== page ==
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Erdtmann-Vourliotis M, Mayer P, Riechert U, Hollt V. 
“Prior experience of morphine application alters the c-fos response to MDMA ('ecstasy') and cocaine in the rat striatum”. 
Brain Res Mol Brain Res. 2000;77(1):55-64.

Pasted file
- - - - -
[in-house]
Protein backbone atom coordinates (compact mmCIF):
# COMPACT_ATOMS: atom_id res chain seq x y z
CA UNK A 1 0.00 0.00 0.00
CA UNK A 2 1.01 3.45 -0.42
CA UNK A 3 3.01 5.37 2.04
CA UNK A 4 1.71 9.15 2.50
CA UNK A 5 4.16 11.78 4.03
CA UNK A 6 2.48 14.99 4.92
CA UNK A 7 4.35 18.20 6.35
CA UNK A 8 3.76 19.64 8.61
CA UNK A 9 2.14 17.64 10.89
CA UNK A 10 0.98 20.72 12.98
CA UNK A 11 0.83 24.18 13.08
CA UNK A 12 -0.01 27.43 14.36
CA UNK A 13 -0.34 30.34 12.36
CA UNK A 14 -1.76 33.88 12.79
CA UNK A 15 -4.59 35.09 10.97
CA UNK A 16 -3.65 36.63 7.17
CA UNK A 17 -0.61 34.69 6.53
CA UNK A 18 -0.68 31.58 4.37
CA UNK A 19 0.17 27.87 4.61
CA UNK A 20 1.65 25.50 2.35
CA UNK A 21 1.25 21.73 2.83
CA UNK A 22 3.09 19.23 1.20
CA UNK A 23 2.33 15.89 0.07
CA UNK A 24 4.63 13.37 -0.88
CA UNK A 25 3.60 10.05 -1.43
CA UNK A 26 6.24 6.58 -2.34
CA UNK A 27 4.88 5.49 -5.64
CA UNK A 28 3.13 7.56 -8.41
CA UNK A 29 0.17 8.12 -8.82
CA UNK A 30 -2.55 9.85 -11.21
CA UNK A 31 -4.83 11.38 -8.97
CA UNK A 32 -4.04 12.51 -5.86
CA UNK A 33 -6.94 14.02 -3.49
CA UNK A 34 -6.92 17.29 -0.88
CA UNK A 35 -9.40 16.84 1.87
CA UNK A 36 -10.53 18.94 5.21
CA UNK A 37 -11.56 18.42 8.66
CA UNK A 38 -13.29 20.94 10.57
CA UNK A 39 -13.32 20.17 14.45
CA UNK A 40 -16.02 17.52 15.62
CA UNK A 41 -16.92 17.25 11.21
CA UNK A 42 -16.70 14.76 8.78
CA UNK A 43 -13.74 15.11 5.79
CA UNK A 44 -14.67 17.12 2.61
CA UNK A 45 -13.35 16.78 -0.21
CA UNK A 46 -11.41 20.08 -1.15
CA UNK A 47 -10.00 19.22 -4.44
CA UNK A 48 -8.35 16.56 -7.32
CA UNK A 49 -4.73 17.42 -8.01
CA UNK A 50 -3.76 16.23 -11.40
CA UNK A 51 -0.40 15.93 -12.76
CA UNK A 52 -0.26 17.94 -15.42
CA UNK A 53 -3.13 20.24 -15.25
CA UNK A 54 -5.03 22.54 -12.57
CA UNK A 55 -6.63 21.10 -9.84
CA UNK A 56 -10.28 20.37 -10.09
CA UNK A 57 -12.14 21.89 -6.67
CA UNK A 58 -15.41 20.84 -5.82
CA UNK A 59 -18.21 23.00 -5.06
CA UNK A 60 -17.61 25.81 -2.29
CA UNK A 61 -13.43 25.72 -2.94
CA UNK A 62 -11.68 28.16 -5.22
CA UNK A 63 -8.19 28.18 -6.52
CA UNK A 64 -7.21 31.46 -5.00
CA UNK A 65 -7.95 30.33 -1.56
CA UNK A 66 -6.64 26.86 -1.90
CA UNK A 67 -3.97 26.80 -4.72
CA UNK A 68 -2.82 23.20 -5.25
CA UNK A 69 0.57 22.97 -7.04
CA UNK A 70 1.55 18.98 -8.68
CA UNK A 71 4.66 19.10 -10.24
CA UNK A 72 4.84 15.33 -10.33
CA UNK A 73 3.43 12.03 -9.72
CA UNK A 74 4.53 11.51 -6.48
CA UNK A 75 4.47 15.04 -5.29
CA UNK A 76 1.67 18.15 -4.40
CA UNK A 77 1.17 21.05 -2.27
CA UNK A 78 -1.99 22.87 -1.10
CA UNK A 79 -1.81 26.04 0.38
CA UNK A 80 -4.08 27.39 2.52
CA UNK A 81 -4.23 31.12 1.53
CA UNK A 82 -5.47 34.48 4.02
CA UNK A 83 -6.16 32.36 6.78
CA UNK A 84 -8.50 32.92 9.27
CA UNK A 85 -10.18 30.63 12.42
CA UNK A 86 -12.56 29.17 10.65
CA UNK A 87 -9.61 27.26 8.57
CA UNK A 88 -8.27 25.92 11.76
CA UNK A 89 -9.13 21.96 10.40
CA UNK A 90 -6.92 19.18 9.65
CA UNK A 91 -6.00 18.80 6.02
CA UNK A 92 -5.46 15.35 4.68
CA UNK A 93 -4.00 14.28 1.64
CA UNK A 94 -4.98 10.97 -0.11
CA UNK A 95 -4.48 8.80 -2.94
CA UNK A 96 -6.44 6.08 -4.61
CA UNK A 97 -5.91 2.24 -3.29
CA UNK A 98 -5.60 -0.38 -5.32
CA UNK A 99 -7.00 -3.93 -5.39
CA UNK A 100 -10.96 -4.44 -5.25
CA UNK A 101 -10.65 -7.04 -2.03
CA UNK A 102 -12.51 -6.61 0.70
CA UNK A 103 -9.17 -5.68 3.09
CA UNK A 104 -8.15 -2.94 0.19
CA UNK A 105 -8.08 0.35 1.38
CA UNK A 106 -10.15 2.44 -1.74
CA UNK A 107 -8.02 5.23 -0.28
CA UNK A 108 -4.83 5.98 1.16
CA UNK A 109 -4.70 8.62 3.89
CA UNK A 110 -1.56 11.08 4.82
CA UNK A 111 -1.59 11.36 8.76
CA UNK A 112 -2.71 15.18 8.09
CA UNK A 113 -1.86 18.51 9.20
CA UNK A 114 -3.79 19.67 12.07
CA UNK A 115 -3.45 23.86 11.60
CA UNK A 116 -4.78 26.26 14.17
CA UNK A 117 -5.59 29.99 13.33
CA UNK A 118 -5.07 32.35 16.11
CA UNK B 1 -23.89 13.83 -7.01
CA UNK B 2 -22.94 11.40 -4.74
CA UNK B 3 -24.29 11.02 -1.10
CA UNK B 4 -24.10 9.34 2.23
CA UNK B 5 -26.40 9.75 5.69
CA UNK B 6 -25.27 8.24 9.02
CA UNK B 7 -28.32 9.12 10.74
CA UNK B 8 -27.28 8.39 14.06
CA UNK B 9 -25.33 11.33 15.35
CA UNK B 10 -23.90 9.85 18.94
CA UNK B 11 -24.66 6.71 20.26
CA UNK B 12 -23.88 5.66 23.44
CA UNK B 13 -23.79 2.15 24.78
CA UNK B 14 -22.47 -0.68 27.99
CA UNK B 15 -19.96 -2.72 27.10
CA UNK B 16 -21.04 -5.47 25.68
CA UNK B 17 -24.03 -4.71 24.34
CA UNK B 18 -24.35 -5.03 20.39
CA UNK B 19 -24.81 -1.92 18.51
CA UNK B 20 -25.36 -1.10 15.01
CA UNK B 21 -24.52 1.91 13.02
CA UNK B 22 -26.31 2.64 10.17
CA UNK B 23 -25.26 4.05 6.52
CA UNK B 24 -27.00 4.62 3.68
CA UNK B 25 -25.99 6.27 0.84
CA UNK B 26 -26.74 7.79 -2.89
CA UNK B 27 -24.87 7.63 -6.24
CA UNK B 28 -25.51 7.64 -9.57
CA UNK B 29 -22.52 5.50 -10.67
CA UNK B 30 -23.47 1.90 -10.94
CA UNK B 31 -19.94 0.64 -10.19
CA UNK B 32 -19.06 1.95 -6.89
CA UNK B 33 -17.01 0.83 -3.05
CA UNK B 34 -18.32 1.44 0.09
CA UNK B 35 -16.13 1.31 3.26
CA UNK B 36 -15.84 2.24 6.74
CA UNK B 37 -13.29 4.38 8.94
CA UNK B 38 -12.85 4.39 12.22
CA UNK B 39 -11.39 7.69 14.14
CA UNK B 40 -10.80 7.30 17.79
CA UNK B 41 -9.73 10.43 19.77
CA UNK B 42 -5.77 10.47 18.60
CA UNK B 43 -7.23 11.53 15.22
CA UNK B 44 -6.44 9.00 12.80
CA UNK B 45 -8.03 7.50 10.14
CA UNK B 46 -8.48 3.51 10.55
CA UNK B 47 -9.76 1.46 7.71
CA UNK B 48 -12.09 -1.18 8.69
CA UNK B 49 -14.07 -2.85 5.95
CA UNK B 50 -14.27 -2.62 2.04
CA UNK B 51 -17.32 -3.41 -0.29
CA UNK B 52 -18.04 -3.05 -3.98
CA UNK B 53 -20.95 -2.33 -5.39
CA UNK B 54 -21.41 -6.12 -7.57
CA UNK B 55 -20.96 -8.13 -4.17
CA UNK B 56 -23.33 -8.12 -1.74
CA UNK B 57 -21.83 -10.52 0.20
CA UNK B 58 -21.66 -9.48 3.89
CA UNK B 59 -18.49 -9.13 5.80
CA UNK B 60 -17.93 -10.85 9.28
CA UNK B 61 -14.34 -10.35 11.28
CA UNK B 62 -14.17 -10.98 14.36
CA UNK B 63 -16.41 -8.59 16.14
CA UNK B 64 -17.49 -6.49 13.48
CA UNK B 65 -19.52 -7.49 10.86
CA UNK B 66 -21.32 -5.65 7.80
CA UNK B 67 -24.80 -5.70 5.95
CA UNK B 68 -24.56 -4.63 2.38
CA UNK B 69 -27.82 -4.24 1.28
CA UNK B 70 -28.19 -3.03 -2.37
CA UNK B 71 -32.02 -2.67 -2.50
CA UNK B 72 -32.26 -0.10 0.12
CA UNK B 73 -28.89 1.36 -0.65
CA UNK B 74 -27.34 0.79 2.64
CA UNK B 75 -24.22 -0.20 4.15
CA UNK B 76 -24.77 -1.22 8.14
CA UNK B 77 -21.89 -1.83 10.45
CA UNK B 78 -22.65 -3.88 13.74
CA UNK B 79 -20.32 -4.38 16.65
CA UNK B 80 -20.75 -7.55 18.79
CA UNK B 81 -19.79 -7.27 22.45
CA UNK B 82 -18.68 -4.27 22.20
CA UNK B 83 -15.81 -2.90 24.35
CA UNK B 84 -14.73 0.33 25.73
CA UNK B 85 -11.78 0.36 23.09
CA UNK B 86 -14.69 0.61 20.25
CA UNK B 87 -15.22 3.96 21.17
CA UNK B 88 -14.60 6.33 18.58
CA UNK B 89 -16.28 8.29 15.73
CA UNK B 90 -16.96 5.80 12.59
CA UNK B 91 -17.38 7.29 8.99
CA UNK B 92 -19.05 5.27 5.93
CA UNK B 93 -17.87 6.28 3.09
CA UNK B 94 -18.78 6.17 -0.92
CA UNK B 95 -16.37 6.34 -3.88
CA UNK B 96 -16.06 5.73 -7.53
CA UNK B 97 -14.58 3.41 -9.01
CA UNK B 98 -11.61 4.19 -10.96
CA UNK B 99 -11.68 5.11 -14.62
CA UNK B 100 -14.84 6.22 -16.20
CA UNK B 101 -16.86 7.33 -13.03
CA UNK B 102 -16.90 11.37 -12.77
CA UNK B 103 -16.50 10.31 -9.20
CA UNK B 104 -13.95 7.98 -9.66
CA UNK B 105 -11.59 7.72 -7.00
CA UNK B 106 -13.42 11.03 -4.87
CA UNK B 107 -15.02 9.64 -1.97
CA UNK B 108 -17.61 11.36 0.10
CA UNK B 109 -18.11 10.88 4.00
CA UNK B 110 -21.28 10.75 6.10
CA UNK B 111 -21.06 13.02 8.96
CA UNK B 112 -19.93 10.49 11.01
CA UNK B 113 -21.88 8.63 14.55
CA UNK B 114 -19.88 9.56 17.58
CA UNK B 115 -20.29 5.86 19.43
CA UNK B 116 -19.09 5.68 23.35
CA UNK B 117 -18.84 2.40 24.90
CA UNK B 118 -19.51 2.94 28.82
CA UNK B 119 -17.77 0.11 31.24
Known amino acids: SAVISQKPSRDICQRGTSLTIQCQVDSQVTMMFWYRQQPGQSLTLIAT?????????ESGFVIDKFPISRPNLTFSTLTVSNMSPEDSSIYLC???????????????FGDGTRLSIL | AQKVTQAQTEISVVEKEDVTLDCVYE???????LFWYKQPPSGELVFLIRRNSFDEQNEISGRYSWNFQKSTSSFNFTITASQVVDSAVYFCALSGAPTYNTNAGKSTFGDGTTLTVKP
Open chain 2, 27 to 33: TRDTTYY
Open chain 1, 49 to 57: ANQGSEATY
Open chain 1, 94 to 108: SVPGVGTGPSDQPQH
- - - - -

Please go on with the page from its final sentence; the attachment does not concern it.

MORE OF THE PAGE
Repeated morphine application usually leads to the development of tolerance but under certain circumstances sensitization may arise simultaneously. This phenomenon becomes obvious in behavioral tests as increasing locomotor activity and increasing drug self-administration during a course of chronic morphine application. It was suggested recently that sensitization could contribute to addiction. The molecular mechanisms of sensitization may include the long lasting increase in neuronal responsiveness to morphine which was observed in defined brain areas after repeated morphine injections. In this work, we studied whether morphine-sensitized Wistar rats also display an enhanced neuronal activity in response to other drugs of abuse (so called co-sensitization). The substances to be tested were injected as single doses 4 weeks after completion of a 10-day morphine pretreatment. MDMA (3, 4-methylenedioxymethamphetamine, 6 mg/kg) as a single test dose yielded a c-fos response in a wide range of brain areas. In the caudate putamen, the expression pattern of c-fos was clearly altered if the rats had received repeated morphine application previously. In this case, the MDMA-induced c-fos expression was markedly confined to the centromedial, mesolimbic aspect of the striatum whereas it had a diffuse appearance in rats not exposed to the opiate earlier. Cocaine application (50 mg/kg) elicited an intense c-fos expression in the medial striatum if the animals were morphine-pretreated; it was virtually absent in drug-naive rats after the same cocaine dose. Ten mg/kg cocaine had a similar but weaker effect. No difference in the c-fos expression pattern between morphine and saline pretreated animals was observed in the case of a THC (Delta(9)-tetrahydrocannabinol, 25 mg/kg) or an LSD (lysergic acid diethylamide, 1 mg/kg) test application. These findings imply that morphine sensitizes the brain towards other addicting drugs. In consequence, morphine sensitization obviously does not solely reflect alterations in mu-opioid receptor signaling. Rather, it seems to reflect further rearrangements within the mesolimbic system.
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